Hundreds of people are participating in a campaign to vote in favor of keeping child prostitution a crime.
Covid, a synthetic drug that is about the size of the equal parts of half a lemon, has been linked to an increase in reported incidents of child prostitution in Switzerland. During an international conference last year, about 3,000 sex trafficking suspects traveled to Switzerland to buy the drug. This year, officials in Switzerland say they are investigating 50 cases of suspected child prostitution, about 100 percent more than the last two years combined.
One of the campaigners in favor of keeping the drug crimes a crime says that children are only caught using drugs because their parents or caregivers might want to save them. Meanwhile, the drug was banned in England by the government in 2004 for being a precursor to the manufacture of methamphetamine, which is considered the most harmful substance in the world for children.
The meeting comes amid Switzerland’s debate on an old law. As part of the package that formed Switzerland’s Geneva Conventions, the age of criminality in Switzerland can be set at 18 for prostitution, or 14 if the criminal is a relative or caregiver. This has held since 1949, but it is up for debate.
Sig Cornelius, the president of For Switzerland Against Crimes Against Children, has been working with current Justice Minister Simonetta Sommaruga on an initiative to keep children from being prosecuted for prostitution.
“The concern is that at any time there could be a child in the society who goes out at night and finds the kind of company she or he needs to use drugs. We must also avoid situations where a child could easily lead an unhealthy lifestyle, including drug-use, and be given unlimited influence from their adult relatives who operate in the same area, which could be dangerous to a child who really doesn’t want to take drugs,” Cornelius told Swiss public radio.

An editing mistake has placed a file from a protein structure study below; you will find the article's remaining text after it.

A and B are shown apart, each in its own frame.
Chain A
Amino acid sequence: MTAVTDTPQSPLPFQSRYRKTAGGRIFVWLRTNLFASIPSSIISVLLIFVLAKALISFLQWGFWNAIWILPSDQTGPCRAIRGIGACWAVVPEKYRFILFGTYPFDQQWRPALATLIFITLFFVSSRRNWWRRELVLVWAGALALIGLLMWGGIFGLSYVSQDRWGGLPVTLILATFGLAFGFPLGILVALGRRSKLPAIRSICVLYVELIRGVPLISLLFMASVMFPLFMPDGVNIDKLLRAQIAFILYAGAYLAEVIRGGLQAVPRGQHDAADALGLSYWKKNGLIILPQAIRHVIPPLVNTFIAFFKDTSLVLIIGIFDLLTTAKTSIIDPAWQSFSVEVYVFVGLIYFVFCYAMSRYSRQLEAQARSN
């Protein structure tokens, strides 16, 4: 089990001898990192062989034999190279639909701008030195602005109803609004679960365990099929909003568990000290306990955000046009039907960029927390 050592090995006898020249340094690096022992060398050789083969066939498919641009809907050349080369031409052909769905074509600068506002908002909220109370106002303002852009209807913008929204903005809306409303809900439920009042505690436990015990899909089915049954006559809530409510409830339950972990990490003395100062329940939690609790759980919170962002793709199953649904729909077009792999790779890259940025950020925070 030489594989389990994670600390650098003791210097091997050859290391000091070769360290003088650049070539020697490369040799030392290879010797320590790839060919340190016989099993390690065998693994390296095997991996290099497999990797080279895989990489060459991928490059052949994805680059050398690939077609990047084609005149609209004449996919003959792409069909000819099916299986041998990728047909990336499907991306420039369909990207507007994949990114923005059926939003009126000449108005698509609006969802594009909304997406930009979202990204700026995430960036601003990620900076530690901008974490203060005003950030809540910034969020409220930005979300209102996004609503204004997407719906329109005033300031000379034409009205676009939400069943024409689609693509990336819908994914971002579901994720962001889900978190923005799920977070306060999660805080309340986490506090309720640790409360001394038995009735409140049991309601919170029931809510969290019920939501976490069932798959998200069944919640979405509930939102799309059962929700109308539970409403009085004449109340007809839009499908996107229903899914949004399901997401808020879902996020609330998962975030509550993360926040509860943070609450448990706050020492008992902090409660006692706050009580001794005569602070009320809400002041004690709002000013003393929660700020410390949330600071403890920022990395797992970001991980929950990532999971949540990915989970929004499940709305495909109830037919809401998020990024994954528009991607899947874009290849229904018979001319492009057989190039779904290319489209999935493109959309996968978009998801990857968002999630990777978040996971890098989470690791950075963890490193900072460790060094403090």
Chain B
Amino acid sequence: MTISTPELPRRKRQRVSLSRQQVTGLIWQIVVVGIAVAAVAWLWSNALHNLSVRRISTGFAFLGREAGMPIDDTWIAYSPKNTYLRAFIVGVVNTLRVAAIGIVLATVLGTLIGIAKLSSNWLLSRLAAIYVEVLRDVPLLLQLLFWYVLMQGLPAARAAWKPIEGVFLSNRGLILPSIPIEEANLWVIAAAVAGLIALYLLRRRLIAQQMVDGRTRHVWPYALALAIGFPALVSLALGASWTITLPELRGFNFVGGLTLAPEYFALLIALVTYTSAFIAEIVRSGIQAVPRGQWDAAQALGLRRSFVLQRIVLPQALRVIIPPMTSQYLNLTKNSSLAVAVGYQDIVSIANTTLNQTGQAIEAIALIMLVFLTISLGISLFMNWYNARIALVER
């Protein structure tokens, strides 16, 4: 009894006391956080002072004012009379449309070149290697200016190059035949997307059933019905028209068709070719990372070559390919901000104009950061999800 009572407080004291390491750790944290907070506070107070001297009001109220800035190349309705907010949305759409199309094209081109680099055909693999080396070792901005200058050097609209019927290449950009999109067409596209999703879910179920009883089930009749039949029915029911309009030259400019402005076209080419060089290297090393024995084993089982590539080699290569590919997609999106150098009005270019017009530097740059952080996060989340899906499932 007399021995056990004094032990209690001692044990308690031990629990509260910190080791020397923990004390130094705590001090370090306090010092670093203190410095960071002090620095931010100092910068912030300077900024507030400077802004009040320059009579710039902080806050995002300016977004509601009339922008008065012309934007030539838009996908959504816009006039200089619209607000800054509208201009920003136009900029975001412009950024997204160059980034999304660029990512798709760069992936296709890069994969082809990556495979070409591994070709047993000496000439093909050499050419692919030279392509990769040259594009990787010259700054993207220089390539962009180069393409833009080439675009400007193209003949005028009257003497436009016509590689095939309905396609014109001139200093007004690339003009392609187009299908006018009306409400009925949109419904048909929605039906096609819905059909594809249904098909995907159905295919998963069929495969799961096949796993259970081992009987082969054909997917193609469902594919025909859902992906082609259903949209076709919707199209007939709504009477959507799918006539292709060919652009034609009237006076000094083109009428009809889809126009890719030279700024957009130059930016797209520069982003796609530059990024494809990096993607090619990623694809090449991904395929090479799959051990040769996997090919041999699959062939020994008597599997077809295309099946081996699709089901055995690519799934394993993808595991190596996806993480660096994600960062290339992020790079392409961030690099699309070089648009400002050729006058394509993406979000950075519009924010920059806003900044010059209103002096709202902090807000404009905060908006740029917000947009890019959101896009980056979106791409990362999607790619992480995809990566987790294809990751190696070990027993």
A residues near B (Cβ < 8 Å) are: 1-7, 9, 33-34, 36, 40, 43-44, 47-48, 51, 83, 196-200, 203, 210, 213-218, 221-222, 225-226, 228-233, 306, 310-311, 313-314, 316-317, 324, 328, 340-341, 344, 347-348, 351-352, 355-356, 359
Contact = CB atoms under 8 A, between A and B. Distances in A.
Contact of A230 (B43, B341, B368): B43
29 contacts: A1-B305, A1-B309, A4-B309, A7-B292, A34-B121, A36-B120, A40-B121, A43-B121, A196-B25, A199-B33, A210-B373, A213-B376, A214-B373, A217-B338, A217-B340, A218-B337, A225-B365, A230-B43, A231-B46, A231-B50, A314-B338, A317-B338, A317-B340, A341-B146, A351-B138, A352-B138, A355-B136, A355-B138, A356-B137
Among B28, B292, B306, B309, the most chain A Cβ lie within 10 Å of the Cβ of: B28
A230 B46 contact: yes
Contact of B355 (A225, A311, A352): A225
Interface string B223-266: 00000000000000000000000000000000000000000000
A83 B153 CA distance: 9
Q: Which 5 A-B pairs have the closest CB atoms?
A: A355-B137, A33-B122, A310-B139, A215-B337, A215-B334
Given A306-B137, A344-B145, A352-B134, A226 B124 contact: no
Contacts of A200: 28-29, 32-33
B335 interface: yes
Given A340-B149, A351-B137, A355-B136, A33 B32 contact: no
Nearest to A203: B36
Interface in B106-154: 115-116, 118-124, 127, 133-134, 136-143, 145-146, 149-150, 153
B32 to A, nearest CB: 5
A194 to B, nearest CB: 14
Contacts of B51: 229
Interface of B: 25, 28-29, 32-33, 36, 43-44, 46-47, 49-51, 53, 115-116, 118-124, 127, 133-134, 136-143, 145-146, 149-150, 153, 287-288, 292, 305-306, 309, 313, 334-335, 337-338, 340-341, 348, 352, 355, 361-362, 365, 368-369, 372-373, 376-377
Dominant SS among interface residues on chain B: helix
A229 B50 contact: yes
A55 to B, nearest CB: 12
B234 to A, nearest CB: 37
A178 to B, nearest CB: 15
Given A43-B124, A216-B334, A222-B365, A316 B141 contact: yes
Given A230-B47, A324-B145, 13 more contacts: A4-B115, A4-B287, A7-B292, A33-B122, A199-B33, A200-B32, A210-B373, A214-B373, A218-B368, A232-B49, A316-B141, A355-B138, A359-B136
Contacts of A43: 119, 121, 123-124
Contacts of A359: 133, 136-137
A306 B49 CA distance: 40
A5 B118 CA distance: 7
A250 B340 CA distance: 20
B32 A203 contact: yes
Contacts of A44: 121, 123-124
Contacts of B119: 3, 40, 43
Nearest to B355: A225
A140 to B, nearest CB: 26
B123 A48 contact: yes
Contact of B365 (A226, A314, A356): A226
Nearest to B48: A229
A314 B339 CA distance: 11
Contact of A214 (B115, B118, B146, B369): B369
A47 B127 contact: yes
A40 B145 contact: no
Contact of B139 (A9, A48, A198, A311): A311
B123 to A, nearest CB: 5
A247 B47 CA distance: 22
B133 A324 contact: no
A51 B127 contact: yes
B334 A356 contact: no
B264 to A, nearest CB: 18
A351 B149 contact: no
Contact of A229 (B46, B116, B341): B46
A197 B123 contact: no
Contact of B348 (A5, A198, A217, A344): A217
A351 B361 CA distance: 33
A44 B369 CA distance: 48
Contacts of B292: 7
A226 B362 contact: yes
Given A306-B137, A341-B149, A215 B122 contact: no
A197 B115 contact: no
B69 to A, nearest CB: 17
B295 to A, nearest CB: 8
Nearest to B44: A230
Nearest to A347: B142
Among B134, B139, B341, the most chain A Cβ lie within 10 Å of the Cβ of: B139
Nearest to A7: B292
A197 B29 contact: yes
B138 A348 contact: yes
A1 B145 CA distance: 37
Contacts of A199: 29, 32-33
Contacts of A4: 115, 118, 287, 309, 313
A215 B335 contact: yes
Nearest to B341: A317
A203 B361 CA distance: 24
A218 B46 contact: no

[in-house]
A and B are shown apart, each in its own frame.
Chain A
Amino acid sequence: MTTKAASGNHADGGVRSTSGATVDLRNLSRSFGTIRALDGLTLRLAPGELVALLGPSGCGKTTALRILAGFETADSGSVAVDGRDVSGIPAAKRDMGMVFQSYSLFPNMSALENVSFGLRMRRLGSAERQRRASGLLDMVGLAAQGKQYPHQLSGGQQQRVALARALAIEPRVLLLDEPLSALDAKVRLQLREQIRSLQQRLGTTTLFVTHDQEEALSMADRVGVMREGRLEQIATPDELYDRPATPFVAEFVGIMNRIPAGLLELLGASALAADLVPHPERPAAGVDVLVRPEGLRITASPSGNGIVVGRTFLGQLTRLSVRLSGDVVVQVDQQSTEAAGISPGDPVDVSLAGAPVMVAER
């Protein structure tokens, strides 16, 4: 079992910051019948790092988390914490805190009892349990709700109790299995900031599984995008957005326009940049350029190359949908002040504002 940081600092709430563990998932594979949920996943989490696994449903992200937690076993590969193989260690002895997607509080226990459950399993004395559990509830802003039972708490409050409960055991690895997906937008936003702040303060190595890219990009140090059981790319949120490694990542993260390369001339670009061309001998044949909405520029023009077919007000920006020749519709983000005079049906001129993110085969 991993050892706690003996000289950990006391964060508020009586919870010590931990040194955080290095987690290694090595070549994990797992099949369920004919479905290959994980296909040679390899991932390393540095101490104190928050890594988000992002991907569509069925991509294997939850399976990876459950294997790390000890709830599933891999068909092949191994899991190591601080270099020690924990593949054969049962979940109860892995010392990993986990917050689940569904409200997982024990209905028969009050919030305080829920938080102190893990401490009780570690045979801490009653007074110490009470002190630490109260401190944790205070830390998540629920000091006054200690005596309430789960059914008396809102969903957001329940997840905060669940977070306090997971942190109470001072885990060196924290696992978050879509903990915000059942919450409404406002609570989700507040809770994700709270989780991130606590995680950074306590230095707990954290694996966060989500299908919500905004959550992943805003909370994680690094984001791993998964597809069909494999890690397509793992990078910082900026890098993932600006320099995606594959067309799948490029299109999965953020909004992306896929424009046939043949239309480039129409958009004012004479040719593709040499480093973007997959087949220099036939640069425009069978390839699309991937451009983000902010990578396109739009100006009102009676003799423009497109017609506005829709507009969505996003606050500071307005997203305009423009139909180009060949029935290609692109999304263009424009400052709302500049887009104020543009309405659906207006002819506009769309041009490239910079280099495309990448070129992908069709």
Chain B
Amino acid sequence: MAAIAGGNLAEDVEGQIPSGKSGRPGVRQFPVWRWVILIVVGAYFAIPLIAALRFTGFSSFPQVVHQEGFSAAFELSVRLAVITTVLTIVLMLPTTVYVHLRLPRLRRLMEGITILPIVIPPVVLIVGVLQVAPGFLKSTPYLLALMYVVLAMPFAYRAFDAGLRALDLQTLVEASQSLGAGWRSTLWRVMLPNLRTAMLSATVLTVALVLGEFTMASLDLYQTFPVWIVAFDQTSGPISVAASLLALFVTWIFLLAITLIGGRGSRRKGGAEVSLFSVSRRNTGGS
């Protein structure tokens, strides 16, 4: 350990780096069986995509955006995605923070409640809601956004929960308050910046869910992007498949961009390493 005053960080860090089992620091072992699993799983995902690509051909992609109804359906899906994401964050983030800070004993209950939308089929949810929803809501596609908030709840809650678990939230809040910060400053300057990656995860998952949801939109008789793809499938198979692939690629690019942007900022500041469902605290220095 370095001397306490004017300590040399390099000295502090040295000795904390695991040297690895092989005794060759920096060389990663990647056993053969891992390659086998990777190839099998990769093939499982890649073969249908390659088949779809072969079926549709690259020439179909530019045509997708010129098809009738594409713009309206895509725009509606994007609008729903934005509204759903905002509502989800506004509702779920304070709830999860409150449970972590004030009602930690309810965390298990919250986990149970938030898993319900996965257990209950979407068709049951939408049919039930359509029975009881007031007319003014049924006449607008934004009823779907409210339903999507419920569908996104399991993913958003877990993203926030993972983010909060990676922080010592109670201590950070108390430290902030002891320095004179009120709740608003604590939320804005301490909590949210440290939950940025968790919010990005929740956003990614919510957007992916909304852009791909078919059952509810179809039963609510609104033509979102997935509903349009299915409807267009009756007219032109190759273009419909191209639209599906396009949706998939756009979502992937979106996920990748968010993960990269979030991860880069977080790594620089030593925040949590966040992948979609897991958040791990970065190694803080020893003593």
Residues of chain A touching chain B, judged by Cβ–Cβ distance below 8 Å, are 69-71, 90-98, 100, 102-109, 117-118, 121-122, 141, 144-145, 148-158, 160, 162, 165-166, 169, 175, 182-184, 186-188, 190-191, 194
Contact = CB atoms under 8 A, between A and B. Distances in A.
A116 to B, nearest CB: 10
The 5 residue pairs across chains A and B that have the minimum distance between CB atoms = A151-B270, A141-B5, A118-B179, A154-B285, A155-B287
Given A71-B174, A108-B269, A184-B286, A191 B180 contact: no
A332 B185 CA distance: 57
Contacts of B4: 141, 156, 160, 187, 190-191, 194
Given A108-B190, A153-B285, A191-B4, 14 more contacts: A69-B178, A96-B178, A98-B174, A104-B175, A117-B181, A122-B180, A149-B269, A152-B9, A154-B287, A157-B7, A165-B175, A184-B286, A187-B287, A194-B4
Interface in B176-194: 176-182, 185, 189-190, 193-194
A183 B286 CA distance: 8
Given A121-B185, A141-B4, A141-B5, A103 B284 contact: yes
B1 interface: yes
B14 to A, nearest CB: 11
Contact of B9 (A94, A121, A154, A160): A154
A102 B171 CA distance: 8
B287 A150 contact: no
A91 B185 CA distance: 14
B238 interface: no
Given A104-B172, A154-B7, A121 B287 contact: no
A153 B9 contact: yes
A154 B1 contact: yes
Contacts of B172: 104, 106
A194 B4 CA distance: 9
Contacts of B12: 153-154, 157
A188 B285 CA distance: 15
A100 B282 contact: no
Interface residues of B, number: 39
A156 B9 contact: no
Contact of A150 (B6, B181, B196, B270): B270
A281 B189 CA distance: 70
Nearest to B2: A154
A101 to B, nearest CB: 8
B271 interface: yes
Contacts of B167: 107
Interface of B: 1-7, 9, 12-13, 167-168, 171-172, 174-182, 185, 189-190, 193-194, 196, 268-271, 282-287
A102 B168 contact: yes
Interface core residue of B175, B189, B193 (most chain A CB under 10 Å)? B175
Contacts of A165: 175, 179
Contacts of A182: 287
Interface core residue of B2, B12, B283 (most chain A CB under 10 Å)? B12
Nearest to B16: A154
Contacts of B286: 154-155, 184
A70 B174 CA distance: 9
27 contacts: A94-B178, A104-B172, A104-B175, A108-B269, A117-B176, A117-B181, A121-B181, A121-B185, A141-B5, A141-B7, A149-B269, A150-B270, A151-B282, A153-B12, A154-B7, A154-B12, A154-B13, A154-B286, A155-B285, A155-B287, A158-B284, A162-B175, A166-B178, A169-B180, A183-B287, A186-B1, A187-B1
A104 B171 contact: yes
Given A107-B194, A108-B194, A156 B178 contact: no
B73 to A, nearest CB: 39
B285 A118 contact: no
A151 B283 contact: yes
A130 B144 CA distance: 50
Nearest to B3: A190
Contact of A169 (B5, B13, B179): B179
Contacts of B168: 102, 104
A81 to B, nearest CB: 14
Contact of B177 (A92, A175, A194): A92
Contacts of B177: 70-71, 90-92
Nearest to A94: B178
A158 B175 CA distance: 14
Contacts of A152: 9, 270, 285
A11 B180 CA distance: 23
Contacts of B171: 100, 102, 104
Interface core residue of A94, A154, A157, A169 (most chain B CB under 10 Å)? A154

Some are looking to Canada and the Netherlands for guidance. The Canadians have classified children involved in prostitution as “welfare cases,” placing the responsibility of the child’s case with state bureaucrats.
“It may be very clear to the law that a child who is at risk of harming themselves or harming others is a welfare case,” Cornelia Richard, a lawyer for the attorney general in Canada, said at a legal conference.
The Dutch authorities too try to remove the adult caregiver from the equation. They enacted laws with the idea that decriminalizing child prostitution would remove a major reason that certain trafficked children wound up living on the streets of Amsterdam. The Dutch set a minimum age of 14, but former foster children are considered to be adults.
Now, such a broad approach makes it nearly impossible to prevent child prostitution, according to the Human Rights Commission in Paris. Advocates say the tactic might be justified with serious crimes like rape, but considering the growing number of sex workers in Germany and France, it is not in the spirit of protecting children.
“Their civil rights and legal rights, their liberty, their social protection, the concern for their wellbeing, also deserve to be taken into account,” Isabelle Poye, the Commission’s rapporteur, said at a two-day conference on the “pardon” of prostitution.
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